The retreat to the Friendship Bridge of soldiers loyal to the US-backed Afghan government, which collapsed three days later, was a more chaotic scene than the Soviet departure decades earlier.

The Taliban grasped Mazar-i-Sharif quickly after breaking through the front lines of the Afghan army. Government security forces and the militias of two warlords – Marshal Abdul Rashid Dostum and Atta Muhammad Noor – fled towards the bridge about 75 km to the north, seeking safety.

In the evening, the Friendship Bridge became a stuck traffic jam of cars and vans loaded with soldiers, social media posts show.

There was no dignified exit.

Uzbek authorities allowed the entry of a group of 84 pro-government soldiers but arrested them for illegally crossing the border, the foreign ministry said in a statement. declaration. They prevented the others from crossing.

Russian officials have been ambivalent in their public statements about the collapse of the US-backed government in Afghanistan, three decades after their own withdrawal.

They weren’t above scoring propaganda points in noting the abandonment of the allies and the failure of a long-standing US foreign policy. But Russia could now also be forced to defend Central Asian client states against Islamist extremism in Afghanistan. The US military had done this job.

“It was a surprise,” Zamir Kabulov, former Russian ambassador to Afghanistan, said Monday in an interview with Moscow’s Echo radio station, speaking of the rapid collapse of the US-backed government. “We thought that the Afghan army, whatever its condition, would hold out for a while. But apparently we were overly optimistic in assessing the quality of training for the US military and NATO.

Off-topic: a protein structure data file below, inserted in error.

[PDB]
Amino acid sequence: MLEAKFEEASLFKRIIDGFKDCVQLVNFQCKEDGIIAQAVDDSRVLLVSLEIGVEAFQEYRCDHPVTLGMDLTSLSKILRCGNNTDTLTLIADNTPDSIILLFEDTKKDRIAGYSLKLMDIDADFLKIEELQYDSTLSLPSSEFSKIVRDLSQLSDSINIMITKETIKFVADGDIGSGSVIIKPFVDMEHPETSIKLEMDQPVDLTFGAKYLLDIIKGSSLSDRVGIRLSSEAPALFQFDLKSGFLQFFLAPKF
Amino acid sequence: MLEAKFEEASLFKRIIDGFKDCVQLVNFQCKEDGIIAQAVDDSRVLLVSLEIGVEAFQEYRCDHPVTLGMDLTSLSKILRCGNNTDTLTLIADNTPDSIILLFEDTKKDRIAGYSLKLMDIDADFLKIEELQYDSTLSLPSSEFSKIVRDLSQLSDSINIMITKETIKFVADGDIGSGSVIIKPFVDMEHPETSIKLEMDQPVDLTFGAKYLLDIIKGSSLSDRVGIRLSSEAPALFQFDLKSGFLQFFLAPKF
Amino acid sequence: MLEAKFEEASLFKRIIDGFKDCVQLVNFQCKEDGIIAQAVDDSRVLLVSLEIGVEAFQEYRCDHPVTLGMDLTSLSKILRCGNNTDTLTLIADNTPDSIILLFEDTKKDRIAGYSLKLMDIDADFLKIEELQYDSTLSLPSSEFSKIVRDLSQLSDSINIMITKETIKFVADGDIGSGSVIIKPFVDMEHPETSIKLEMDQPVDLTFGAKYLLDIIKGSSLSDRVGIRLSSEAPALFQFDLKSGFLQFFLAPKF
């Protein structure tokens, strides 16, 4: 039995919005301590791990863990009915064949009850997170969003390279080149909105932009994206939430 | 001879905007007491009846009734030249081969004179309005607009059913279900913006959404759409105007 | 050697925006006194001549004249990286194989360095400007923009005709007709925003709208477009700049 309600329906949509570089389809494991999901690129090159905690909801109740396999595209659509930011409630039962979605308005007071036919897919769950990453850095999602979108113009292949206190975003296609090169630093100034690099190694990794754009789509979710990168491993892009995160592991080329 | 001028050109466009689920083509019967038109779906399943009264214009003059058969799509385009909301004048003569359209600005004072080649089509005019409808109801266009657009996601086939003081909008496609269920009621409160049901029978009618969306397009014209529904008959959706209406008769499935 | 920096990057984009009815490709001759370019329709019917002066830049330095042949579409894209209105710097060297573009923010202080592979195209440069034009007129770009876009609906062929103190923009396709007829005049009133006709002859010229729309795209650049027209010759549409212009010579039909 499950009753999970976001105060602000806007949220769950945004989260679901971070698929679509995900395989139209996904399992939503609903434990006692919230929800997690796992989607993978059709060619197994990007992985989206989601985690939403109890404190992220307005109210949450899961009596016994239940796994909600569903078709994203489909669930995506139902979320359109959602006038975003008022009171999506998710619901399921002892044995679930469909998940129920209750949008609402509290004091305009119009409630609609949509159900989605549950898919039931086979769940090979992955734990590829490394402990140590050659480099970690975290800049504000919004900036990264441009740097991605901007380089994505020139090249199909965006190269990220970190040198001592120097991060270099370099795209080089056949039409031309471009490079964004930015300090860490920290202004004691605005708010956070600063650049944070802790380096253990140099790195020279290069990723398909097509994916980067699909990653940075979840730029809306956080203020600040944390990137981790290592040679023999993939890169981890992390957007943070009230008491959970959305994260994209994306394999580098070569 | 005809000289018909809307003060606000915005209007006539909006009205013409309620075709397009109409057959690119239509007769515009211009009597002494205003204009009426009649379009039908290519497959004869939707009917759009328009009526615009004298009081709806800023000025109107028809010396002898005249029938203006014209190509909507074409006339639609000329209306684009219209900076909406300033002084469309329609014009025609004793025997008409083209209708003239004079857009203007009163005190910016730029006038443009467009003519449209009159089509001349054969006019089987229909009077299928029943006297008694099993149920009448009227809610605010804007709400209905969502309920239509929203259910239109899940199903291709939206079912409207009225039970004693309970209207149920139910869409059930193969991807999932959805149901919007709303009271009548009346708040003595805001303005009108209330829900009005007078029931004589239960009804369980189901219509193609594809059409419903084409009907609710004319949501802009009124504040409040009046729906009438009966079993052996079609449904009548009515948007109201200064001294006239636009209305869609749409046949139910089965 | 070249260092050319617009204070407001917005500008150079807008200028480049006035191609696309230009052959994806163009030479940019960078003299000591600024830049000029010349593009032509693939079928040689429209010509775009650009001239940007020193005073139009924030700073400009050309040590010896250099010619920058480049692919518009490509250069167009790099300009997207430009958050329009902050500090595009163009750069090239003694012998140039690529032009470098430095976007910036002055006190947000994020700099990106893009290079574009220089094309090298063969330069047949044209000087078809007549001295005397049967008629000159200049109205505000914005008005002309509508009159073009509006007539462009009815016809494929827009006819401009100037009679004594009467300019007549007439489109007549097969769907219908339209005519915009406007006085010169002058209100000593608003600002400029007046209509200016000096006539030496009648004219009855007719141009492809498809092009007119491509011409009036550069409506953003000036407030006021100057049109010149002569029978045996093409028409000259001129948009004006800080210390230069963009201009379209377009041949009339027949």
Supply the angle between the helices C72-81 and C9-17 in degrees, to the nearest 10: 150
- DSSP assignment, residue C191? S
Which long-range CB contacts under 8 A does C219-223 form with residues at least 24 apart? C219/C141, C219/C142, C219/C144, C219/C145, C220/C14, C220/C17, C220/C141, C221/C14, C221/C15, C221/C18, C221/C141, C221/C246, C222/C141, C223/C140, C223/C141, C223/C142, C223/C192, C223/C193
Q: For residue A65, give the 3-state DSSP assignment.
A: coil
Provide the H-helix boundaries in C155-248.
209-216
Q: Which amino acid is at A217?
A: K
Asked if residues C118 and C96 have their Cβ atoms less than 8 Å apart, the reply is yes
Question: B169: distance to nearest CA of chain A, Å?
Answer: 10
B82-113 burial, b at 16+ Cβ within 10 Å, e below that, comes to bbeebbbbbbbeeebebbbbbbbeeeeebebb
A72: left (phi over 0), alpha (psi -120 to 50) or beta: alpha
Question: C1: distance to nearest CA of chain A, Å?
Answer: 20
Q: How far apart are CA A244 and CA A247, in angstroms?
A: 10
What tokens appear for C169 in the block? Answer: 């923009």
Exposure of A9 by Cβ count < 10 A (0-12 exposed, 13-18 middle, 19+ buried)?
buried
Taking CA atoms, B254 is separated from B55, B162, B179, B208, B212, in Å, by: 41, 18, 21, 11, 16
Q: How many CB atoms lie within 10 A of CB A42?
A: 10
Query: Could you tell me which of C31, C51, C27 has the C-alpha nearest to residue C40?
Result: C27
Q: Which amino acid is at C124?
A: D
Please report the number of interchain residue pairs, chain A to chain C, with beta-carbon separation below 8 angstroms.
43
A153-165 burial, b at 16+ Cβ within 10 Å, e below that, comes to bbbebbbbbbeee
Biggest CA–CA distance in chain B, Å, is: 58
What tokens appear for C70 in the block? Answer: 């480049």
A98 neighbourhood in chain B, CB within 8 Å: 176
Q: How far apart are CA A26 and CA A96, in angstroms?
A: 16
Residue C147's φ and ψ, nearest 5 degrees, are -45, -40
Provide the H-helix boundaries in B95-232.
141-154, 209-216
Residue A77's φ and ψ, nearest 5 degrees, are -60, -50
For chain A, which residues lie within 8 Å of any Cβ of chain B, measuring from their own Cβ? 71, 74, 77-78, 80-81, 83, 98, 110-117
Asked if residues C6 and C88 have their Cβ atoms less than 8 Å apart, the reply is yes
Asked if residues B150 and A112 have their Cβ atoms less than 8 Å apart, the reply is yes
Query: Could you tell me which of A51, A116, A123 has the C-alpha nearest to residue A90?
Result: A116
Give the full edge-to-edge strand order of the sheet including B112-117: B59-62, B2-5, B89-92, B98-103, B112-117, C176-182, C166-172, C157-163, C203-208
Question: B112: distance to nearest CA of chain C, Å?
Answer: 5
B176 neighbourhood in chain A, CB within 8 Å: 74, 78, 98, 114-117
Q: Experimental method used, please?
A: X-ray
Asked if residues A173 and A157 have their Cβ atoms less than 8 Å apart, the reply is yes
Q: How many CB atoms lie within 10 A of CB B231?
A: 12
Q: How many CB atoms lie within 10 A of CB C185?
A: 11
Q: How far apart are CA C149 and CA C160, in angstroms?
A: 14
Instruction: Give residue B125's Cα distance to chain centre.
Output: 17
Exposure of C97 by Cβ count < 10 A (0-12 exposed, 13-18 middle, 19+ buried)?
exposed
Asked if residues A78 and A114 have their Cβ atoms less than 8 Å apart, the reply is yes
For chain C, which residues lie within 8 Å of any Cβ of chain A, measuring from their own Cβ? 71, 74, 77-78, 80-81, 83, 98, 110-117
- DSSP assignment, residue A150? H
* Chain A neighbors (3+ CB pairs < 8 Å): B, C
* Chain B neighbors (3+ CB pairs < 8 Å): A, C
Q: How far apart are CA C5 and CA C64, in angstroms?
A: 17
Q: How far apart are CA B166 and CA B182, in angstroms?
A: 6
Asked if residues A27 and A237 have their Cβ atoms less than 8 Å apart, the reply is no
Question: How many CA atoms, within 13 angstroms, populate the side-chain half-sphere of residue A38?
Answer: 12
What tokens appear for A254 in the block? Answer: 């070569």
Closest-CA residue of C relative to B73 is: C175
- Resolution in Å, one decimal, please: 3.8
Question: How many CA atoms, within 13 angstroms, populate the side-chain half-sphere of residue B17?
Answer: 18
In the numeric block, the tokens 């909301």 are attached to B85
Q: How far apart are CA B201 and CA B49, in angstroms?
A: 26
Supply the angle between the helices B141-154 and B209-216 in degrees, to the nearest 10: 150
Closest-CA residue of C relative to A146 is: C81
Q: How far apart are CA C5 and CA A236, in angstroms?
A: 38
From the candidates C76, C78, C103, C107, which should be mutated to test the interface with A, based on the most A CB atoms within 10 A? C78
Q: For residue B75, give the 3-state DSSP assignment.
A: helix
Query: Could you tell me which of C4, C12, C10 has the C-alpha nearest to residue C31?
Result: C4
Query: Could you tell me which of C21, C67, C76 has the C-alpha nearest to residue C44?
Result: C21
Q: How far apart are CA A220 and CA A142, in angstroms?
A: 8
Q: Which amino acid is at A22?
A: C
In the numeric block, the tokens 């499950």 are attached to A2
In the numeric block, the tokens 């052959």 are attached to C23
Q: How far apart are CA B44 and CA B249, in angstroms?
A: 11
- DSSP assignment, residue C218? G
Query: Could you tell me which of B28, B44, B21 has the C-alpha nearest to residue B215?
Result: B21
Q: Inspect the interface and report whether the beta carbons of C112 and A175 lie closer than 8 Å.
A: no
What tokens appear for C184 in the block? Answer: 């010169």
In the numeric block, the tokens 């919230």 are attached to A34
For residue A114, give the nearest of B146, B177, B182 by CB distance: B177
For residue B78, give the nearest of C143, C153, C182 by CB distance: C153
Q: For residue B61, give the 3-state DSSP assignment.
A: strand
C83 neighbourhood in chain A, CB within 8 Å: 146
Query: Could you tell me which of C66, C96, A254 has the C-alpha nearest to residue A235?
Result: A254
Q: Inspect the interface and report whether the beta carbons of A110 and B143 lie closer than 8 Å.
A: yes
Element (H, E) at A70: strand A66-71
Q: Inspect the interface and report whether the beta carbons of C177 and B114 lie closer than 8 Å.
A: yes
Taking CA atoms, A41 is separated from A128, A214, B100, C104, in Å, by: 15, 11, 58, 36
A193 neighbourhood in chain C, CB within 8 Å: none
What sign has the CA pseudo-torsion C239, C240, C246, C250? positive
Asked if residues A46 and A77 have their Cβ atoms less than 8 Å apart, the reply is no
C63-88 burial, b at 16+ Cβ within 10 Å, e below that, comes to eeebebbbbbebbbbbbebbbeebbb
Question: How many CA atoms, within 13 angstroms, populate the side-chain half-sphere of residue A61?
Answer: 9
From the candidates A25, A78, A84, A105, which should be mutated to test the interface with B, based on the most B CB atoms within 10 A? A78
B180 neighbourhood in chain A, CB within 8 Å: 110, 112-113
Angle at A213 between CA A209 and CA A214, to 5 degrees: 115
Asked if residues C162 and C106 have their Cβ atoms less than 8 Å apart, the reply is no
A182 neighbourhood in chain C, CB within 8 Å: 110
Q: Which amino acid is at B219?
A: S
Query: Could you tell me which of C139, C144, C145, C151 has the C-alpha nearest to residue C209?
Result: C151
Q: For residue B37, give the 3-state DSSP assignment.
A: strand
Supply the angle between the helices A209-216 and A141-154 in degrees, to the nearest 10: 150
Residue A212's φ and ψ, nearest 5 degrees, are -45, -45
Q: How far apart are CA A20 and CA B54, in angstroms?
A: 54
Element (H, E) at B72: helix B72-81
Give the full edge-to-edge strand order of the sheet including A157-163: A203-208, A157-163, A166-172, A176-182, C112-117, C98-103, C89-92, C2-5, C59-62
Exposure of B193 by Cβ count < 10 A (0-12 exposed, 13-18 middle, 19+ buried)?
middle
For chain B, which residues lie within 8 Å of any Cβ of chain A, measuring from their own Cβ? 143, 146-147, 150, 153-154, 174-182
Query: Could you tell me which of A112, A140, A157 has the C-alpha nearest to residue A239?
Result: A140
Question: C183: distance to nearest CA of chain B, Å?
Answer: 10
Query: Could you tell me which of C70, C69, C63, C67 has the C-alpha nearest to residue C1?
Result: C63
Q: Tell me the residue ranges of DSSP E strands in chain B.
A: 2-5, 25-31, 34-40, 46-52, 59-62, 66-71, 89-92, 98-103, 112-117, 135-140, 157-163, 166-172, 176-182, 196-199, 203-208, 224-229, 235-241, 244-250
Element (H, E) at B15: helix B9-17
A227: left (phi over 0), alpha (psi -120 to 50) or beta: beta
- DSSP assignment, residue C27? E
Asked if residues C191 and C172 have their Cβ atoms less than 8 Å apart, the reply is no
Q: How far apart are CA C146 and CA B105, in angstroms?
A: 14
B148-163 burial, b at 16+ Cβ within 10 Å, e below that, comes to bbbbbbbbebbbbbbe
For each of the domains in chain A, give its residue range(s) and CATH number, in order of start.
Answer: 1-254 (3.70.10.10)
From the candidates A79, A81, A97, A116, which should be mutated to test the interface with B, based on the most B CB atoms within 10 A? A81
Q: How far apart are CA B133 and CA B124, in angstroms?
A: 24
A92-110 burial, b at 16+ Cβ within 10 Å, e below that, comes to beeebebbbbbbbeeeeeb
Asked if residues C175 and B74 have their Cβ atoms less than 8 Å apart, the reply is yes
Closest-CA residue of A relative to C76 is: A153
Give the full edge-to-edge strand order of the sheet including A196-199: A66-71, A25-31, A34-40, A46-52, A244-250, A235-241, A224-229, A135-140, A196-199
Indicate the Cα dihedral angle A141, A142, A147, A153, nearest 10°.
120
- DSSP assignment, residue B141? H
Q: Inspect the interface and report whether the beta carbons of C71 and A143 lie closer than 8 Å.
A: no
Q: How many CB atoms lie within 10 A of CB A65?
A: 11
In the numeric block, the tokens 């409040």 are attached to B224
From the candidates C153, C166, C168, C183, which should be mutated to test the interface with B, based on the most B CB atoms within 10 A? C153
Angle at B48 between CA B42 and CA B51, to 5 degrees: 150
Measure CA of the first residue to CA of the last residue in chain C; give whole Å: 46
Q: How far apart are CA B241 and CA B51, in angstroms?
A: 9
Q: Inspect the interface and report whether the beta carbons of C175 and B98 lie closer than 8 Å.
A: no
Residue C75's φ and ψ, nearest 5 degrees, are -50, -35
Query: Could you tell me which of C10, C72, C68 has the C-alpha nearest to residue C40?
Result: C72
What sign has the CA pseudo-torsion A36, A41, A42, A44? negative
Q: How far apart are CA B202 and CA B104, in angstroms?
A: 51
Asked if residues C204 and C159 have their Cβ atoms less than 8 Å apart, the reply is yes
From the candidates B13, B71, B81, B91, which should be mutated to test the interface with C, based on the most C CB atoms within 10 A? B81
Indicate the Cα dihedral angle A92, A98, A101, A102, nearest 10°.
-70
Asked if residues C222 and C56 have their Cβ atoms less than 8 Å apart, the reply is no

The White House, for its part, said the Afghan army was trained and equipped but lacked the will to fight. “They have what they need,” White House press secretary Jen Psaki said last week.

And Afghan and American officials said that as of 2018, Moscow covertly armed a Taliban group operating around the town of Kunduz, a dusty regional trading center east of the Friendship Bridge. It was, in a sense, revenge for American support for the anti-Soviet insurgency years ago.

But as the Taliban swept through northern Afghanistan this summer, ultimately taking Kunduz and other major cities, the Russian military deployed tanks for a military exercise near the Tajik border.

The name of the bridge has always had a sinister tinge, as the Soviet Union built the Friendship Bridge in 1982 to facilitate the resupply of its army fighting in Afghanistan. The full name is the Uzbekistan-Afghanistan Friendship Bridge.

The road and rail bridge crosses the silty waters of the Amu-Daria River, which is fed by melting glaciers in the Hindu Kush Mountains and prone to seasonal flooding. The US Army, much like the Red Army before it, sent helicopter and jet fuel tankers on the crossing for years.

He had also been at the center of US plans to deepen trade and infrastructural ties between Afghanistan and the former Soviet Central Asia, to spur economic development and to wean the US-backed government in Kabul from aid. American.

Ten years ago, the World Bank and the International Monetary Fund were funding improvements to the railroad.

Uzbekistan planned to extend the railroad, which reaches only Mazar-i-Sharif, about 45 miles south, to Kabul and to neighboring Pakistan. Work was due to start in September. He is now on indefinite hold.

The bridge, said Alexander Cooley, director of the Harriman Institute at Columbia University and author of “Great Games, Local Rules” on the geopolitics of Central Asia, has become “a symbol of the engagement of great powers and the withdrawal of the great powers ”.

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Newsrust - US Top News: Iconic bridge sees US allies flee Afghanistan like the Soviets did
Iconic bridge sees US allies flee Afghanistan like the Soviets did
Newsrust - US Top News